Homily Notes

The Story of Visiting Bill Cotter in Prison, jailed for peaceful protests outside abortion clinics.

Bill Cotter was a software engineer. Electrical Engineering. Masters in Mathematics

On the day he was sentenced, there were two cases. One was a child molester, the other an attempted murderer. The attempted murderer’s sentencing was prior to my case. He got three years in Walpole and several years added to that suspended. But he was released pending his appeal because the judge felt it would hurt his appeal to be in jail.

The child molester got five years suspended and is free. The judge refused to issue an order saying that she could not work at a school environment with children any more.

Three observations

1) Like Herod, very often abortion is not a sin of ignorance. It’s a killing meant to preserve one’s present state of comfort in life that one fears losing. He knew it was Messiah according to the Prophecies and yet he chose to kill the Messiah and not just the Messiah but all the other children close to his age in Jerusalem. So too humanity of the developing child in the womb is more-or-less conceded to day. There has been a shift to legal personhood debate and rights of the child compared to the rights of the mother.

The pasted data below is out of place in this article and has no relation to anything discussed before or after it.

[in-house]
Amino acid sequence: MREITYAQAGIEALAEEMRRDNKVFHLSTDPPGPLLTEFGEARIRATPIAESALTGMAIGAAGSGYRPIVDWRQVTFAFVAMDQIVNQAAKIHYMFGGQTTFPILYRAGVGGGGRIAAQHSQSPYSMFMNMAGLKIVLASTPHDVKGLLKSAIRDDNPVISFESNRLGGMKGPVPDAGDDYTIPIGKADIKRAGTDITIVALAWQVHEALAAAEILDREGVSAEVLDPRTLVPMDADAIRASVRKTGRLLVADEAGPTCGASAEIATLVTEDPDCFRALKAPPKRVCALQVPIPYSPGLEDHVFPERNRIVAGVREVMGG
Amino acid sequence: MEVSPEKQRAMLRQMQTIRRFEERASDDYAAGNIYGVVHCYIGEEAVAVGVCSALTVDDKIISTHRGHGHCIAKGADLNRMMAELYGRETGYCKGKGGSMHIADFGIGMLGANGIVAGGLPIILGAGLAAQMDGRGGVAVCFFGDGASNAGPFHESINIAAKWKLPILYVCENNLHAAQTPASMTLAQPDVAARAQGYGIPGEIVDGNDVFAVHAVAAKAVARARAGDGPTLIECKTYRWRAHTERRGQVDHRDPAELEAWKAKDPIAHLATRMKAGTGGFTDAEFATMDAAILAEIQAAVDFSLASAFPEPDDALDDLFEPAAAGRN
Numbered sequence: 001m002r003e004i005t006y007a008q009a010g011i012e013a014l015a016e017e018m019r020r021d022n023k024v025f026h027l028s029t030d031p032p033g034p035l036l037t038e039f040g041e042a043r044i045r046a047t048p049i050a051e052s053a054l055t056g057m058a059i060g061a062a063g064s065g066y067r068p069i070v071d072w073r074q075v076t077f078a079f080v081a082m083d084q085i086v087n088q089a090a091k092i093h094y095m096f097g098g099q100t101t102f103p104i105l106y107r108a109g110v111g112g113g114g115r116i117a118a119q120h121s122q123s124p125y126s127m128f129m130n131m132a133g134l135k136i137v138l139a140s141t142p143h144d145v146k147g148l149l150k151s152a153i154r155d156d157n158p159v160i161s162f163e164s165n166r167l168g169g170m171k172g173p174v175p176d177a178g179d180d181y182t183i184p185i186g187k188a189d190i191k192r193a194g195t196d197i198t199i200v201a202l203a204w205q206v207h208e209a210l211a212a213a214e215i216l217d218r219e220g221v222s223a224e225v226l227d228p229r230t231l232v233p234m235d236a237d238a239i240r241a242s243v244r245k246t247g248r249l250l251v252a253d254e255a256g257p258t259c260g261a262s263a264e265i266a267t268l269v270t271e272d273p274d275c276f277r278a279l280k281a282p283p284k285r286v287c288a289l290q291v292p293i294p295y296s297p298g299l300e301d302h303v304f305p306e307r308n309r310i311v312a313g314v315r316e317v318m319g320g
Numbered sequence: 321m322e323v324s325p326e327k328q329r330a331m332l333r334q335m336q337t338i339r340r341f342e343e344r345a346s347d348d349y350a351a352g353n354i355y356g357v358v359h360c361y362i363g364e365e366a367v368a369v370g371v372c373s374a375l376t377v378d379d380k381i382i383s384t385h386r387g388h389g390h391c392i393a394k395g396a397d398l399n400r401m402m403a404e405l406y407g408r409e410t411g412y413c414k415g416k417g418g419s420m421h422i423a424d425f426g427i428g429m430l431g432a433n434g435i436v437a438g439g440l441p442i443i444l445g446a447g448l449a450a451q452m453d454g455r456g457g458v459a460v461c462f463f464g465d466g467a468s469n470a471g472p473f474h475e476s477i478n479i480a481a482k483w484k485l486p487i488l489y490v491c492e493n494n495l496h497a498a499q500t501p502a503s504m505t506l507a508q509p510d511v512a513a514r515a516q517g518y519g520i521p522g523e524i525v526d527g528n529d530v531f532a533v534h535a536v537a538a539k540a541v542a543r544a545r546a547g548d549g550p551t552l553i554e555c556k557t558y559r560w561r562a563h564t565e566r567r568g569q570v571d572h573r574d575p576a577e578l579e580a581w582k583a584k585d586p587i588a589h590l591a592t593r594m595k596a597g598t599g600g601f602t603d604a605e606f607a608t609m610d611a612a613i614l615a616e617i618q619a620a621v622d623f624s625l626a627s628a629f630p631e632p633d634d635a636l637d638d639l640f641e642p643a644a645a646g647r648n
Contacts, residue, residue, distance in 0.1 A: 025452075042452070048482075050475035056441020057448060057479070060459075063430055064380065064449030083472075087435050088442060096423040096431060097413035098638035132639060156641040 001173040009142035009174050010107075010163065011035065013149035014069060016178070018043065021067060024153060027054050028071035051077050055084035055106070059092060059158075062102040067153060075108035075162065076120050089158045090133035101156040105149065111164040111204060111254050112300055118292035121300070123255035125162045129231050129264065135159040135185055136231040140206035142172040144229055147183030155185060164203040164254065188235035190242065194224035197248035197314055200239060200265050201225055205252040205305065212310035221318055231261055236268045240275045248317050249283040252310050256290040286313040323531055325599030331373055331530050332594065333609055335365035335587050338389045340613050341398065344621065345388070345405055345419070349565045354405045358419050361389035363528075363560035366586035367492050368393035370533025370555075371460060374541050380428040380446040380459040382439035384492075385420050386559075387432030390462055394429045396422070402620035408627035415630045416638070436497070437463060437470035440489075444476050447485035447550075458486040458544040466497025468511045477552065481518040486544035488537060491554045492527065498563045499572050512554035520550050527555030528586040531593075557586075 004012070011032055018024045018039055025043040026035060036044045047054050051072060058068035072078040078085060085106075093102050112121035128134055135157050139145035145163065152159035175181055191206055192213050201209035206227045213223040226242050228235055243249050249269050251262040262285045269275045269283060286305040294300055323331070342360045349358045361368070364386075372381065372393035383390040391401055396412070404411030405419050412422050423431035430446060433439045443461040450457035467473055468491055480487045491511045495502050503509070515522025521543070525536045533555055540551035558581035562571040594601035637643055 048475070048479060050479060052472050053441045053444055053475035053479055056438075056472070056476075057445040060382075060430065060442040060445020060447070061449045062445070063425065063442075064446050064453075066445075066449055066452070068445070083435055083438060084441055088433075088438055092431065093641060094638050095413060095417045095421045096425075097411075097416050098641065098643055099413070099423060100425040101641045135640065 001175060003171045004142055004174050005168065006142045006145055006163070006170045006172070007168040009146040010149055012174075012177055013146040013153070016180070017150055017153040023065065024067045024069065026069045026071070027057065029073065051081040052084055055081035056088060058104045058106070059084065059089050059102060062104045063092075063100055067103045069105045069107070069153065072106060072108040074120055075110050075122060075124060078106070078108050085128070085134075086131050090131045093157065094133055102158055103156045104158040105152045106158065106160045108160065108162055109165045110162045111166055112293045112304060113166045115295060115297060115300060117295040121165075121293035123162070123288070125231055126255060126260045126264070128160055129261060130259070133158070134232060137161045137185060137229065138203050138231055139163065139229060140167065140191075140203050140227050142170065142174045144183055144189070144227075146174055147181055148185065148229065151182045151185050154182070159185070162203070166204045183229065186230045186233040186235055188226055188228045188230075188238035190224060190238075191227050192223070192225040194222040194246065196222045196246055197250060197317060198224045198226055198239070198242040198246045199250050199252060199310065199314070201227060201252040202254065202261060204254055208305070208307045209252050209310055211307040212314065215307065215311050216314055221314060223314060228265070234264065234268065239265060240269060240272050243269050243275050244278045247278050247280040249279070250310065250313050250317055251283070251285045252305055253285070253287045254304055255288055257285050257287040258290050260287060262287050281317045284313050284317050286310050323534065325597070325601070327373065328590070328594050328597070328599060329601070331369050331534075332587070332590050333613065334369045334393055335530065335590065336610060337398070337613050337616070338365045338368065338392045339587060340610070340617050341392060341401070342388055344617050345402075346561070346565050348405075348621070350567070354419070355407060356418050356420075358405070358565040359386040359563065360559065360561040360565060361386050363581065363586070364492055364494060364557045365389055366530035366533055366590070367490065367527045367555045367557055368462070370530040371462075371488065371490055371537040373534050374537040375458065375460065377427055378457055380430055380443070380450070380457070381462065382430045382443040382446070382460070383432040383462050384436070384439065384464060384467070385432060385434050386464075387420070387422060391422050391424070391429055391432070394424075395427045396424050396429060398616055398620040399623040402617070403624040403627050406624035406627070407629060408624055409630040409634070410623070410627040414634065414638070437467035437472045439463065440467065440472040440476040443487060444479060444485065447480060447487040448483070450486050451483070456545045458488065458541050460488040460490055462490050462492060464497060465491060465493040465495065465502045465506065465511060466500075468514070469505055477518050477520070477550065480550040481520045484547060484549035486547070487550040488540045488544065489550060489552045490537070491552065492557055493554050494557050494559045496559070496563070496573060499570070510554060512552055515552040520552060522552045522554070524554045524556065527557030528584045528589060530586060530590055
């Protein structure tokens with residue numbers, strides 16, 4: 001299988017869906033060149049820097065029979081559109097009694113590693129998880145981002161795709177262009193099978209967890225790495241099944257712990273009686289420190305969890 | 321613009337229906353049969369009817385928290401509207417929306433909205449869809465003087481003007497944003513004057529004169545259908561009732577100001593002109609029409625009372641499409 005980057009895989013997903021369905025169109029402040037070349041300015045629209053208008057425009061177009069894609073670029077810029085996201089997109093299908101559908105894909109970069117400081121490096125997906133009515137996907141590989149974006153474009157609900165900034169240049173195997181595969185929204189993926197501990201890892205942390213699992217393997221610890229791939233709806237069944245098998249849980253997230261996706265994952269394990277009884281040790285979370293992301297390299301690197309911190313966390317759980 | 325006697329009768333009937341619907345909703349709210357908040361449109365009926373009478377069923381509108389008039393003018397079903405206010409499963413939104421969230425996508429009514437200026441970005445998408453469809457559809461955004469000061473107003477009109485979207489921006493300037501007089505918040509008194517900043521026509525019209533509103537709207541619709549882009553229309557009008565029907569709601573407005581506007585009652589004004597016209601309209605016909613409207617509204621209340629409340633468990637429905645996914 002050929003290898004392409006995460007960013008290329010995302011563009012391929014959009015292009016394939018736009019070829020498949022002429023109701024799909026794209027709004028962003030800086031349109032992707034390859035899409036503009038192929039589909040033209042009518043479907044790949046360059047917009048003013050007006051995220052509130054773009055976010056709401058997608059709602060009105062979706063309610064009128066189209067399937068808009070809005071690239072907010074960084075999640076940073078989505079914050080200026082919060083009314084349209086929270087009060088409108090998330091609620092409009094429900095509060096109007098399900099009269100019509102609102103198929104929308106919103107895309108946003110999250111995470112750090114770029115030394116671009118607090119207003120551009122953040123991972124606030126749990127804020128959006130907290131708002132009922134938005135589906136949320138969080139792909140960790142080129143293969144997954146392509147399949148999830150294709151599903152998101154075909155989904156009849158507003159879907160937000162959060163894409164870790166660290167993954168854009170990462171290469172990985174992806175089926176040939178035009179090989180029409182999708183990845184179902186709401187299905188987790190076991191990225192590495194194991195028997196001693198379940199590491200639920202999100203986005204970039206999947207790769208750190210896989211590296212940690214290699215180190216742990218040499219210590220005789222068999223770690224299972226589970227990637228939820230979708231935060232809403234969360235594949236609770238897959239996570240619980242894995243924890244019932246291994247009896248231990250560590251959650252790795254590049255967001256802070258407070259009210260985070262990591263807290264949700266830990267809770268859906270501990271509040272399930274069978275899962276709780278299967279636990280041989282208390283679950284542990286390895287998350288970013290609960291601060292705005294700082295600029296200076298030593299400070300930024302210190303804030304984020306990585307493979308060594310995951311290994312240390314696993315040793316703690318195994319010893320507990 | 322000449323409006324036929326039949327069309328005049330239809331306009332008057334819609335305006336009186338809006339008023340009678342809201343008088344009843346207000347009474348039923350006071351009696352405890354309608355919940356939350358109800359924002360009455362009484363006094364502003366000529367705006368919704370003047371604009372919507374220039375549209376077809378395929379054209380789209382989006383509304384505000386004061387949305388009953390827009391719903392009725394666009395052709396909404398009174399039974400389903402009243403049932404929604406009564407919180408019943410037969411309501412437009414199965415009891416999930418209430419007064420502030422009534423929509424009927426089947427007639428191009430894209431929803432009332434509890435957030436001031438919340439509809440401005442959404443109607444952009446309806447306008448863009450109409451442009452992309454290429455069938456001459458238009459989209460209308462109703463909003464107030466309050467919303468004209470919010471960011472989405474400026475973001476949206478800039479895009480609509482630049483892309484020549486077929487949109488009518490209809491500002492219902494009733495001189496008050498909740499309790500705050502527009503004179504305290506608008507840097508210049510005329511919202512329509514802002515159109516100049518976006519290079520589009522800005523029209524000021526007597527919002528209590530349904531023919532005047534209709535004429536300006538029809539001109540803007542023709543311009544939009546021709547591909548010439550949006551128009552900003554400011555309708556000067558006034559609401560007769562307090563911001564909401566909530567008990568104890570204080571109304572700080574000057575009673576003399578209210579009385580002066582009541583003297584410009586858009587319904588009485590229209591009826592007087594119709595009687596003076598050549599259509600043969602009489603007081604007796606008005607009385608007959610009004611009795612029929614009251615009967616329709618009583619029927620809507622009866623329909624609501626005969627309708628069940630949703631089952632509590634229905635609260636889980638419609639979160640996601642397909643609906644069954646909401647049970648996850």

In this situation of abortion, it is necessary to have new Magi, adoring God in his image found in the developing child in the womb; angels or messengers of the Lord, announcing the danger of what is happening to the child and the mother; and St. Joseph’s, bold and courageous enough to follow through on the advice even at the cost of great peril and sacrifice.

• I think priests and seminarians in particular are pretty good at the Magi role, adoring God in these innocent children, praying for them, praying for their mothers, even welcoming the gift of life.

• Many priests are also good at getting the message of danger out and proclaiming it, though there’s much room here for improvement. We all know that.

But in this case, trying to get the children out of danger like St. Joseph did, we probably deserve a failing grade as priests. That type of sacrifice most of us are not willing to make.